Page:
|Search for Olinguito : discovering a new species (Sandra Markle's science discoveries)|
Author: Markle, Sandra
Learn about the olinguito, one of the most recently discovered mammal species, the discovery thereof, and the "cloud forests" in which they live.
|Accelerated Reader Information:|
Interest Level: MG
Reading Level: 5.80
Points: 1.0 Quiz: 186920
|Reading Counts Information:|
Interest Level: 3-5
Reading Level: 6.30
Points: 4.0 Quiz: 70108
Kirkus Reviews (+) (12/15/16)
School Library Journal (+) (01/01/17)
The Bulletin of the Center for Children's Books (00/05/17)
Full Text Reviews:
Booklist - 12/01/2016 For many years, the olinguito, a tree-dwelling mammal in South American cloud forests, was mistaken for the olingo or kinkajou, but the work of Kristopher Helgen, a scientist at the Smithsonian National Museum of Natural History, revealed it to be a new species. Readers move through the stages of Helgen’s discovery, accompanying him as he travels to museums around the world, runs DNA tests, and leads a research expedition in Ecuador to see if the olinguito still exists (it does!). Markle is careful to show what a long process declaring a new species can be; it took Helgen 10 years. While a number of cute olinguito photos appear throughout the book, the focus remains on the process of determining and proving whether a species exists. As a result, the illustrations also pull in the skulls, pelts, and taxidermied specimens that Helgen examines during his research. This unique approach to animal study gives readers insight into a less commonly discussed area of scientific research, while simultaneously illuminating an elusive, “new” animal. - Copyright 2016 Booklist.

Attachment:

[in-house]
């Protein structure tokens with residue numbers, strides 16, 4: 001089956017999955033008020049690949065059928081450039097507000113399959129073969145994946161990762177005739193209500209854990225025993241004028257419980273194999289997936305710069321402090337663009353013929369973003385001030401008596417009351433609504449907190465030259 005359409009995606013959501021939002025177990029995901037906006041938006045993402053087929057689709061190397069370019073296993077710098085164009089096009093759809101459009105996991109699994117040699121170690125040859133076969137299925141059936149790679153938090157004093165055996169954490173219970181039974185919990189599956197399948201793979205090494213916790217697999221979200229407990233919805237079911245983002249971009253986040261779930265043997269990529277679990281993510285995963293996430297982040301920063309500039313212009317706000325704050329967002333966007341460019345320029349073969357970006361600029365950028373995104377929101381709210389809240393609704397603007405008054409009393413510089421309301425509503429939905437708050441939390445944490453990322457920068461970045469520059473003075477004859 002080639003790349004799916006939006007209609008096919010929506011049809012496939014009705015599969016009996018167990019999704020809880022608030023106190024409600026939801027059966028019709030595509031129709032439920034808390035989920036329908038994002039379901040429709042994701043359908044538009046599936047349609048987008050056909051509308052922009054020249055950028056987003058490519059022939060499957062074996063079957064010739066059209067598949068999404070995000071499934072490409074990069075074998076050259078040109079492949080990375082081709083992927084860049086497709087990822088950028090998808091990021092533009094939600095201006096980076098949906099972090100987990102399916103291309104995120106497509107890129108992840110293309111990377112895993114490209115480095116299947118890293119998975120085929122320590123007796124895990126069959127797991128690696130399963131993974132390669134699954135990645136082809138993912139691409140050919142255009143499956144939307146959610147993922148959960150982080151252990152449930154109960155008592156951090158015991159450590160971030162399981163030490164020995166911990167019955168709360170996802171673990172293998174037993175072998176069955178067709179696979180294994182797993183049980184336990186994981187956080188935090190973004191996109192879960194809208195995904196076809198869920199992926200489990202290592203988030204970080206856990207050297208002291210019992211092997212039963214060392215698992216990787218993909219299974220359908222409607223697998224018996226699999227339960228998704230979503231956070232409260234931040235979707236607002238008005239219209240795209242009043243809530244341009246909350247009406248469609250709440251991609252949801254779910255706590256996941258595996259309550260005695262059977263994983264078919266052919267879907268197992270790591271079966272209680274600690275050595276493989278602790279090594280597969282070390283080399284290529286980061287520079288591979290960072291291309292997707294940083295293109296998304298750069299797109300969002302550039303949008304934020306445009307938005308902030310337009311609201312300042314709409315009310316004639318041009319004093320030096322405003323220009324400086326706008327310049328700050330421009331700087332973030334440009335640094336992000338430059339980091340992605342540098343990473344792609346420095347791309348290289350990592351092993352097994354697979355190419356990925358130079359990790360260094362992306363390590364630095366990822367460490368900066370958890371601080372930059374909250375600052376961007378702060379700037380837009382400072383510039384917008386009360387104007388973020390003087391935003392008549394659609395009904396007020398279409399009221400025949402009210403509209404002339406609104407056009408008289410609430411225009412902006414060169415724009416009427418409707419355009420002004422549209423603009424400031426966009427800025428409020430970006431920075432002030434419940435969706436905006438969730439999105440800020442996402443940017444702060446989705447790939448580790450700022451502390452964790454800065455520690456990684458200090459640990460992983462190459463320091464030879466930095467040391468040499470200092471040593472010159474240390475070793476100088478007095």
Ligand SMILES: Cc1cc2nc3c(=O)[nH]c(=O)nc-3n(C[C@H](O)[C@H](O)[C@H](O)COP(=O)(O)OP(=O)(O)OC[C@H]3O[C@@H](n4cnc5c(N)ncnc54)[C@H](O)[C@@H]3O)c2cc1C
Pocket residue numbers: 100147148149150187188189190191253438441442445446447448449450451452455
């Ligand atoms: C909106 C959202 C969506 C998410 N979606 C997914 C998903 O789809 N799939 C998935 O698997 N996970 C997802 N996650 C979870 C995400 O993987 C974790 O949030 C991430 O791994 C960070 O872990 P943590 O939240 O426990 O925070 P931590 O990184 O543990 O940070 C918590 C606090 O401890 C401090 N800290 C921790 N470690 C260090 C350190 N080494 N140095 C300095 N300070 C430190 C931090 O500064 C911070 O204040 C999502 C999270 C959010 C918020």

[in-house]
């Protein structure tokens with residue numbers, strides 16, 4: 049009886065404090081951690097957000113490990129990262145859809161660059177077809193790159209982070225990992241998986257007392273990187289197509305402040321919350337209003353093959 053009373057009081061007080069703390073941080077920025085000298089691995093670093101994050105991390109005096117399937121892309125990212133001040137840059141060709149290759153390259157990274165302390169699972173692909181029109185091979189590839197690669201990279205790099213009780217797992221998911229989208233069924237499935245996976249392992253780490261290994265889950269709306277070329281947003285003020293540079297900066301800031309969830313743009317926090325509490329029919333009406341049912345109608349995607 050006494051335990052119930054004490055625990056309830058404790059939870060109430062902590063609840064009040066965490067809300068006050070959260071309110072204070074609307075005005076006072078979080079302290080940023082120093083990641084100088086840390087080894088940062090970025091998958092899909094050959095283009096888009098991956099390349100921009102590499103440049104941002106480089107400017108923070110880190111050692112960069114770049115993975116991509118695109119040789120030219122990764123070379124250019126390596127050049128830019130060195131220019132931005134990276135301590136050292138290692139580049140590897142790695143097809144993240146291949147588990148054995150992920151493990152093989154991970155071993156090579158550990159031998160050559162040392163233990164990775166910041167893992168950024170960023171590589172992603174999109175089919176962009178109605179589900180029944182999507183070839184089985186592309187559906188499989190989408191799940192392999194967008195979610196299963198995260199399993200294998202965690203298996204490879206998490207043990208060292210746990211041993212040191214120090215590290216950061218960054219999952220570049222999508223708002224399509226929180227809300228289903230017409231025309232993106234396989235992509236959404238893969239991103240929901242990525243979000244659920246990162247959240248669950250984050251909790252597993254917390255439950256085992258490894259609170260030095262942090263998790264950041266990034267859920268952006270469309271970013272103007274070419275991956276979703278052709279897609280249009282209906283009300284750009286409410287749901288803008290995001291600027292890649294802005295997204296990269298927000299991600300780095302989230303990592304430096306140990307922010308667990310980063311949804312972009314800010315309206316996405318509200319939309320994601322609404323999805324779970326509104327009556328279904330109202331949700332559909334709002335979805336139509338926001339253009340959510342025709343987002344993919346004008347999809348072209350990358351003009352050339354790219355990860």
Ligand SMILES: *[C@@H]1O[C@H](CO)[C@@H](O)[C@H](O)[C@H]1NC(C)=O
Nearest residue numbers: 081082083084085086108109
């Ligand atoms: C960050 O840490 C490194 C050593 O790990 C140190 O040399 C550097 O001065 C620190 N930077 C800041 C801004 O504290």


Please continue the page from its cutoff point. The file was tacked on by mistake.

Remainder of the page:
School Library Journal - 01/01/2017 Gr 3–6—"Nothing new under the sun," goes the old saying, but apparently there is. Consider the first "new" carnivore spotted in the Americas in 35 years—the olinguito (Bassaricyon neblina), a small furry member of the raccoon family, hiding in plain sight (though nocturnal in nature) in the Ecuadorian rain forest. Markle, impressed by the announcement of the new species in 2013, set off on her own expedition of research, contacting Kristofer Helgen and assistants Roland Kays and Miguel Pinto to document the discovery. Her lucid, brief text records the 10-plus years from Helgen's first observation of a discrepancy in a preserved specimen at the Chicago Field Museum to the big reveal at the Smithsonian Museum of Natural History in Washington, DC, in 2013. With color photos, maps, a raccoon "family album," and some tips on scientific investigation, this is a fascinating glimpse into the long process in the lab and in the field to document the search for actual proof of a new species. VERDICT This quick but wondrous look at the scientific search for the olinguito is an excellent addition to science collections.—Patricia Manning, formerly at Eastchester Public Library, NY - Copyright 2017 Publishers Weekly, Library Journal and/or School Library Journal used with permission.